Another sleep-tracking app. It does its best to analyze how well you slept (by using the microphone feature), and gives you a look at how long you slept, and the quality. It is a great app to try if you want to try to improve you sleep quality or are wondering why you aren’t sleeping well. You get a diagram on feedback for the hours you slept and and quality of your sleep at that time.

White Noise Deep Sleep Sounds:

Speaking of sleeping… If I am having trouble sleeping, I prefer the “fan” setting and I sleep well. It’s nice to have on hand while studying, too. There are plenty other white noise features including an airplane cabin, thunder, wind, and plenty other relaxing sounds.

Event Countdown:

My favorite way to look forward to events to incentivize challenging tasks. I currently have one of my best friends’ weddings noted, when my next races are, and soon, my MCAT date. EEK! 


This app sets a timer that helps with productivity. You can choose to lock your phone so that you aren’t able to use it (perfect for studying). You’re able to pick the amount of time you want to keep it locked for and the amount of time you want.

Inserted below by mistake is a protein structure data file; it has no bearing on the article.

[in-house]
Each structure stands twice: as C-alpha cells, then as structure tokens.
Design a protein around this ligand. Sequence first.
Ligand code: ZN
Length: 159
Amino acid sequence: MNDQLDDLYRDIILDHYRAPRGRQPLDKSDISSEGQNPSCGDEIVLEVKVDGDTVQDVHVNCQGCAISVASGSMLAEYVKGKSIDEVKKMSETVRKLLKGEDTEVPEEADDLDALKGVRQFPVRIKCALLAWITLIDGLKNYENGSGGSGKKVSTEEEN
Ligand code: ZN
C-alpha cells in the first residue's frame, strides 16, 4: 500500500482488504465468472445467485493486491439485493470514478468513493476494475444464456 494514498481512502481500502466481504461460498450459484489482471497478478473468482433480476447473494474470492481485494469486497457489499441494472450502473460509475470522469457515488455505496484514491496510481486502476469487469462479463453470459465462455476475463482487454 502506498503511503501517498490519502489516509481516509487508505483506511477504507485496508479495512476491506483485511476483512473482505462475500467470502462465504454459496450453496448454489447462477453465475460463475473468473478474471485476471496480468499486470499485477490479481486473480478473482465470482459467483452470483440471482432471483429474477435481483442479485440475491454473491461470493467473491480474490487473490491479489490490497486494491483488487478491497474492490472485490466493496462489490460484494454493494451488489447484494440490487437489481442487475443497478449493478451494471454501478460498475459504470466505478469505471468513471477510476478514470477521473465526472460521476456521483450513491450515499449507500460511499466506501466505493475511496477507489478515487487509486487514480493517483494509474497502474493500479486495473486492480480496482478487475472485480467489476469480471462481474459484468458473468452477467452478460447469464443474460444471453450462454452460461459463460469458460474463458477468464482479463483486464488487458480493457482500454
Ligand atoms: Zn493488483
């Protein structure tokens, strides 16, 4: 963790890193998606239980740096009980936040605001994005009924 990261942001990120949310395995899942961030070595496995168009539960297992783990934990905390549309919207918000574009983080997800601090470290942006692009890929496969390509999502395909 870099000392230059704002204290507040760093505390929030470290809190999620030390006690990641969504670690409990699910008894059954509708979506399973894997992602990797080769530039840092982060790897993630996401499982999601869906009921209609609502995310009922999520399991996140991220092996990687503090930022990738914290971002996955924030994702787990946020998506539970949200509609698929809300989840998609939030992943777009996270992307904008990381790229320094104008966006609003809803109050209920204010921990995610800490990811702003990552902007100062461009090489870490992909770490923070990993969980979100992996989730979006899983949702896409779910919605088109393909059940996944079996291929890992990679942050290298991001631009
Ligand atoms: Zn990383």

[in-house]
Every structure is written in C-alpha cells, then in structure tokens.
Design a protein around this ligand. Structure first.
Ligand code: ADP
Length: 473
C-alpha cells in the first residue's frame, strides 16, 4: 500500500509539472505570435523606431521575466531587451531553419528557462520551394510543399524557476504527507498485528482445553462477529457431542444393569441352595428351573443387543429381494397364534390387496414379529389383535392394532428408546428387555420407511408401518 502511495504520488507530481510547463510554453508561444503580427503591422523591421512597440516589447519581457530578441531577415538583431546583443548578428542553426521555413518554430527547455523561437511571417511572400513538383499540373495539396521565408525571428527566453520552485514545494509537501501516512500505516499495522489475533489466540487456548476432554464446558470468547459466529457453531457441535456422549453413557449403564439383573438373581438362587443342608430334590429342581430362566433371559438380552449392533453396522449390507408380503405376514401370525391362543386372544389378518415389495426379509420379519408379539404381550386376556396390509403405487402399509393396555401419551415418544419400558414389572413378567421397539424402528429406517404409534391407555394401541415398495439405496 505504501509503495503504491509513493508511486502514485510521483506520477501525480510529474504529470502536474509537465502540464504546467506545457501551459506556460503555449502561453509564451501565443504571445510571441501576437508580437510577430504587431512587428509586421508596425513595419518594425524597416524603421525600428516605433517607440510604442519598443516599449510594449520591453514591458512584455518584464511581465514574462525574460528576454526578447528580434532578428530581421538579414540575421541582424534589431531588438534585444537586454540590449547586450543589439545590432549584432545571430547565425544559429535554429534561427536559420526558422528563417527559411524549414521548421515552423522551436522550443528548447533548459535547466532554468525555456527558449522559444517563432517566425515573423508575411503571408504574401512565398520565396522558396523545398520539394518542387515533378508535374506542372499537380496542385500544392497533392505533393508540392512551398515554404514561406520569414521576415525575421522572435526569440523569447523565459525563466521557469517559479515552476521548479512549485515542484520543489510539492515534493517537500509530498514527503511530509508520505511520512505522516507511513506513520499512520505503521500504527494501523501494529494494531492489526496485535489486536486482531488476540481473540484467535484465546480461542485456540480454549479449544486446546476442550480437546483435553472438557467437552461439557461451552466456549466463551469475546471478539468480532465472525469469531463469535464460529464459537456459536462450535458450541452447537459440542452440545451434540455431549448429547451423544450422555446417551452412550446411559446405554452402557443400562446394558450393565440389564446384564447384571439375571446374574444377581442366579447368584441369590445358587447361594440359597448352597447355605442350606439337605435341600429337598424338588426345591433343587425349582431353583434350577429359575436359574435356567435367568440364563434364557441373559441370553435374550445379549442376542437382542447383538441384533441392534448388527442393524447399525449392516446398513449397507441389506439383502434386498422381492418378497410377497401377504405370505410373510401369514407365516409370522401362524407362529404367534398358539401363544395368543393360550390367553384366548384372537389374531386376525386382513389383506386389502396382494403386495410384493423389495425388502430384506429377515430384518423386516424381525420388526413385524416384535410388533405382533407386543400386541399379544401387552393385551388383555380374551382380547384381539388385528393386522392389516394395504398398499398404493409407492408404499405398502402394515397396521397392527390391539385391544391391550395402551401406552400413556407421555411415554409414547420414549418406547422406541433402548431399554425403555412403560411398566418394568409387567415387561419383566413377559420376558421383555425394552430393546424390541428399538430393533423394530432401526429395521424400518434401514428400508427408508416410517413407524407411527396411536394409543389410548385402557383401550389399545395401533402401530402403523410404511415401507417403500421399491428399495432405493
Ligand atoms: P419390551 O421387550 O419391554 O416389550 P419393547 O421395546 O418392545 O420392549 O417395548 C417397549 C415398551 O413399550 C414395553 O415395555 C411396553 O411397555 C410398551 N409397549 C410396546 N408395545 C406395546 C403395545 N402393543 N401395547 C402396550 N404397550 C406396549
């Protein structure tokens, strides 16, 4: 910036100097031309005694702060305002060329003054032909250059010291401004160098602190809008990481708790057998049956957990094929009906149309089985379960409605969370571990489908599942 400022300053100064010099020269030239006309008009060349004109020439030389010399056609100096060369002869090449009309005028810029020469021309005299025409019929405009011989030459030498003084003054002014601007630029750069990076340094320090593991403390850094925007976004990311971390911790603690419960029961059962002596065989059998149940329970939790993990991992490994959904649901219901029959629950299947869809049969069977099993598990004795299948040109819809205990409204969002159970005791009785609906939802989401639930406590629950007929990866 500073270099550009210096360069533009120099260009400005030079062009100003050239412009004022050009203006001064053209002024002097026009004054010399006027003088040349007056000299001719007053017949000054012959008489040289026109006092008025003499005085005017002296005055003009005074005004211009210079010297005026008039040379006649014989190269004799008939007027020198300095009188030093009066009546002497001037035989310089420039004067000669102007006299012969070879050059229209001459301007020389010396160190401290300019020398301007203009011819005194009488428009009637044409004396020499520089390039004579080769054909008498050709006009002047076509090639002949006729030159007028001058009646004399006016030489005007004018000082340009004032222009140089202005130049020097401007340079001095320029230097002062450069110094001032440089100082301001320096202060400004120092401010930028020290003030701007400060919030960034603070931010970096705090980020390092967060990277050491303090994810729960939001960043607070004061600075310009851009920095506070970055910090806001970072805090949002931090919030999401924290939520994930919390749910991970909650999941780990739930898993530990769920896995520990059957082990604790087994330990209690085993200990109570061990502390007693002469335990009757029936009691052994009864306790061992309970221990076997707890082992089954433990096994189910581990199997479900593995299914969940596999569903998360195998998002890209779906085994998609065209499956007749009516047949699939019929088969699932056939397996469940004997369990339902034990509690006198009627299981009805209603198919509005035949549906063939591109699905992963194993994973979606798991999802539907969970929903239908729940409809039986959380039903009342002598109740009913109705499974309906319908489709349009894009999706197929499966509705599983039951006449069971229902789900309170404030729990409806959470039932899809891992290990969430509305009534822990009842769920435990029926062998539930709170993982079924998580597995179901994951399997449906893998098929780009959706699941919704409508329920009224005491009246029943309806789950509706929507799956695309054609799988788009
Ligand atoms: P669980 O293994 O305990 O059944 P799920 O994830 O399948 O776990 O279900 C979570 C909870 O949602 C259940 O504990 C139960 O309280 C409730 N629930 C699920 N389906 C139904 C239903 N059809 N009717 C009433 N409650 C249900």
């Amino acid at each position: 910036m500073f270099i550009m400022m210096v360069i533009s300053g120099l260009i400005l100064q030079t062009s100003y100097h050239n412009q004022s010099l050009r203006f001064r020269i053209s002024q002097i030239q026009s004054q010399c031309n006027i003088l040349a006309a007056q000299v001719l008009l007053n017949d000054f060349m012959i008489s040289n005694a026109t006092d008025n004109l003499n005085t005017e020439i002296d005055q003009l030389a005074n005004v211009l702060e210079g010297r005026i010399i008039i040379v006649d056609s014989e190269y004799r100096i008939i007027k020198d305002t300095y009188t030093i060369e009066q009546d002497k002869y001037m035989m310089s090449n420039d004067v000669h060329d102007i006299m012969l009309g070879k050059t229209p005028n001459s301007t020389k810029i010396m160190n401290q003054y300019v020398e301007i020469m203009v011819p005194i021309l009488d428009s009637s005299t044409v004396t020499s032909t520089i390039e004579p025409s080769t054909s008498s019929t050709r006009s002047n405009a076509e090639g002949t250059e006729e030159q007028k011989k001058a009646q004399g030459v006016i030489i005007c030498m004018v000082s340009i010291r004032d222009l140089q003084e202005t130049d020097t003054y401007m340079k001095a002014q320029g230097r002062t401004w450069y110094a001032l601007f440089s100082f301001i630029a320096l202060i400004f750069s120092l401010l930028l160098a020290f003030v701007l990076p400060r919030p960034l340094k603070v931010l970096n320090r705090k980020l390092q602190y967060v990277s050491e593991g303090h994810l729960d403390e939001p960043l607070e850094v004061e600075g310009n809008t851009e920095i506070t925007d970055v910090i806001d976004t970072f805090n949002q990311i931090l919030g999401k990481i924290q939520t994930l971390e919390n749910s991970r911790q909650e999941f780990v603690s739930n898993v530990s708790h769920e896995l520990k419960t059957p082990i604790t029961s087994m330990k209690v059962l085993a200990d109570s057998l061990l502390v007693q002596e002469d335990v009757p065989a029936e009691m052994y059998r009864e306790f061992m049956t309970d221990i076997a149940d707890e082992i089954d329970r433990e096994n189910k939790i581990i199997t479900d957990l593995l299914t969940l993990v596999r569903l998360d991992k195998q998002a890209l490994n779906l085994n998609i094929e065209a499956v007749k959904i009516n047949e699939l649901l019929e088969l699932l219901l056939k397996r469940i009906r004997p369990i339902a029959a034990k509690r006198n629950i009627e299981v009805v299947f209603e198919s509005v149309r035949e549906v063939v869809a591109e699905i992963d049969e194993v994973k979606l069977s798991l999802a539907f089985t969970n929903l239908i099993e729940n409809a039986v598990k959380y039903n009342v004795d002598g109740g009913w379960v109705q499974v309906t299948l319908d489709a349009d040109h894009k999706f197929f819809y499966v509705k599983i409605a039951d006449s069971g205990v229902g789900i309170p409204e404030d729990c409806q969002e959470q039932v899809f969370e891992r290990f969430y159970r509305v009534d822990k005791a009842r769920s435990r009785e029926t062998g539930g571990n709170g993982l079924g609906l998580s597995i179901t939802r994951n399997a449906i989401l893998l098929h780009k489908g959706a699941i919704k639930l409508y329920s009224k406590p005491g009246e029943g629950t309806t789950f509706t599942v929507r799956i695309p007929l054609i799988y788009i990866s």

Kaplan MCAT Flashcards:

I like to have these on-hand. Any bit of studying counts, and if I’m sitting waiting in a line, I can quickly and easily review! 


Ok, Maddie, you’re a nerd, we get it. This is my favorite “game” on my phone. You get to choose a medical speciality and case and you’re the provider. You must review the patients’ symptoms and medical history, then head to the exam where you then order diagnostic labs and imaging, and bedside intervention where you then make a diagnosis and disposition and you’re consequently scored on how you did. I have learned so much from this app!!!

Get productive – I hope this helped! What are your favorite iPhone features and apps? Send me an email or shoot me a message on instagram! Thanks for reading!



Finals are among the most stressful occurrences for students everywhere – college students, graduate students, and everyone, everywhere. We are tested on material taught over the course of 16 weeks crammed into 5 short days. While this time period can be stressful, lacking sleep, and full of anxiety, I have learned some habits that help me thrive in this critical time period that happens at the end of every semester.